"Fried chicken"

The final line of the song (in both the studio and live versions) is "fried chicken", although the lyrics say "One vision". This was a result of a prank that Freddie Mercury did in the studio, as the band had fried chicken for dinner. It was Mercury's boyfriend, Jim Hutton's, idea to keep it in the song.

 

Live performances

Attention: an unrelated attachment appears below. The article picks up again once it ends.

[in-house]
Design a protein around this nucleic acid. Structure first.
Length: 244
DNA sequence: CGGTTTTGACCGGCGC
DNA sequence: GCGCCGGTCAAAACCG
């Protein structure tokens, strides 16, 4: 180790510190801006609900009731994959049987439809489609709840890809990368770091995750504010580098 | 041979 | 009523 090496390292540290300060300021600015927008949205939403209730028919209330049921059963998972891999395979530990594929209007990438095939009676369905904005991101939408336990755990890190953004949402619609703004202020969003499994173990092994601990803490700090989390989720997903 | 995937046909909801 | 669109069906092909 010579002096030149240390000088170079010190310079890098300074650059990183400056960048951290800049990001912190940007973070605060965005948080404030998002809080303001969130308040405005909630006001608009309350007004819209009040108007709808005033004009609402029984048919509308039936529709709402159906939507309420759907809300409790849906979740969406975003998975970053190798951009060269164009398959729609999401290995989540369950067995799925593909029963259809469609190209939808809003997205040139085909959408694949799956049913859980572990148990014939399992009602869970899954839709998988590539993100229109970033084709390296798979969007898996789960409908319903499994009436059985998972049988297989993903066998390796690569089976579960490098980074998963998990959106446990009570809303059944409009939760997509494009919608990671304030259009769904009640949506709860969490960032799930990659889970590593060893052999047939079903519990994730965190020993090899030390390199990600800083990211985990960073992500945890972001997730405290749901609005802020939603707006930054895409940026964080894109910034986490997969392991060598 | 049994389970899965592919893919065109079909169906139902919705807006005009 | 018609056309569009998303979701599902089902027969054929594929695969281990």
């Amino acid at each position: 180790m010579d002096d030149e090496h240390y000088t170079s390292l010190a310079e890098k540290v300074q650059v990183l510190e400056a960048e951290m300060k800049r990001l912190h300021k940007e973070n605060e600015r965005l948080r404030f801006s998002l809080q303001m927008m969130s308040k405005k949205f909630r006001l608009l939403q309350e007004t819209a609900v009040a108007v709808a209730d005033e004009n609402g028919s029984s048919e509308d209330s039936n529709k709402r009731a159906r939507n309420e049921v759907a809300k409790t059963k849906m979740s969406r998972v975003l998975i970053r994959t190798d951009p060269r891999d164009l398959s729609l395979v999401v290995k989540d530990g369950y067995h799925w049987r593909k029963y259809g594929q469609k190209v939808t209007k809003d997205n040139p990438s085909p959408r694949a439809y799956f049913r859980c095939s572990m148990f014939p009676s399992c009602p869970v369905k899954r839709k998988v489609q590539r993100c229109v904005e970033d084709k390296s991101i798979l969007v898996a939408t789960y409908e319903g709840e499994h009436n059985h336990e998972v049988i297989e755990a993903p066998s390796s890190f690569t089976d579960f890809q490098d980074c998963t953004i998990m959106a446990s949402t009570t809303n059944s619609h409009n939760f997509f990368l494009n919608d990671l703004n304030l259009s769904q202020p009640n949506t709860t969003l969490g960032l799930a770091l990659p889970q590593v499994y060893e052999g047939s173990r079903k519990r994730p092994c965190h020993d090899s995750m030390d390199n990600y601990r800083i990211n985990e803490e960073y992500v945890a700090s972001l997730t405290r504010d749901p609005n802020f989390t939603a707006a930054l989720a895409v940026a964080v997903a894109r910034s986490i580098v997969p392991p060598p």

What is notable that the live performances of the song added an additional section in the beginning of the song, right after the guitar riffs without the percussions, and a big finale, which included ad-libbed vocals by Freddie Mercury. The ad-libbed vocals were not present on all performances though, the most notable being the performance at the Maimarktgelände in Mannheim, on June 21st, 1986. Also, the live versions of the song included a different version of the intro, which starts like the single version intro, but later changes into the album version intro, but repeats the section after the vocals "Ii" near the end. It also features the initial distorted vocals as they were in the single version. However, the version used on the Wembley shows was yet different from the one mentioned above - basically it had the complete initial distorted vocals, and the first part was also like in the one in the album and extended versions, but the transition to the second part was just like in the version, mentioned above, and it did include the repeated section in the end. The VHS version of the July 12th Wembley show has the first part of the middle instrumental section of the studio version of Brighton Rock instead of the initial distorted vocals. The version of the song from the July 11th Wembley show has not yet been officially released. Interestingly enough, none of the two versions of the intro has been used with a studio version of the song so far.